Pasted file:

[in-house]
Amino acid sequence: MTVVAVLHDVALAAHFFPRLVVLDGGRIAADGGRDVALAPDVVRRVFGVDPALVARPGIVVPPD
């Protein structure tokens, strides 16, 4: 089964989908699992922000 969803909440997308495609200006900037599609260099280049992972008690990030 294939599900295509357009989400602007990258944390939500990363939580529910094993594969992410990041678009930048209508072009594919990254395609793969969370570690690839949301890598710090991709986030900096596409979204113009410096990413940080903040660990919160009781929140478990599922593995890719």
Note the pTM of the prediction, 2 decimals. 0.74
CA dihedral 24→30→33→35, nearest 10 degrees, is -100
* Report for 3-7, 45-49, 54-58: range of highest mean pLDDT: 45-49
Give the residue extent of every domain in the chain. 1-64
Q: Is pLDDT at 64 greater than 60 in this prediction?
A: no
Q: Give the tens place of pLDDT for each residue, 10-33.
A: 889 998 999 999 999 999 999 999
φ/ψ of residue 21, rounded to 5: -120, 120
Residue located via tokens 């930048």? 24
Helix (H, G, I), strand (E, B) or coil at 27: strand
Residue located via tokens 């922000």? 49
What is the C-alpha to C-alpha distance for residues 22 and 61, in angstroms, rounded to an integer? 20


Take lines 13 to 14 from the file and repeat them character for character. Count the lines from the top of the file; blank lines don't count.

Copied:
Residue located via tokens 């930048």? 24
Helix (H, G, I), strand (E, B) or coil at 27: strand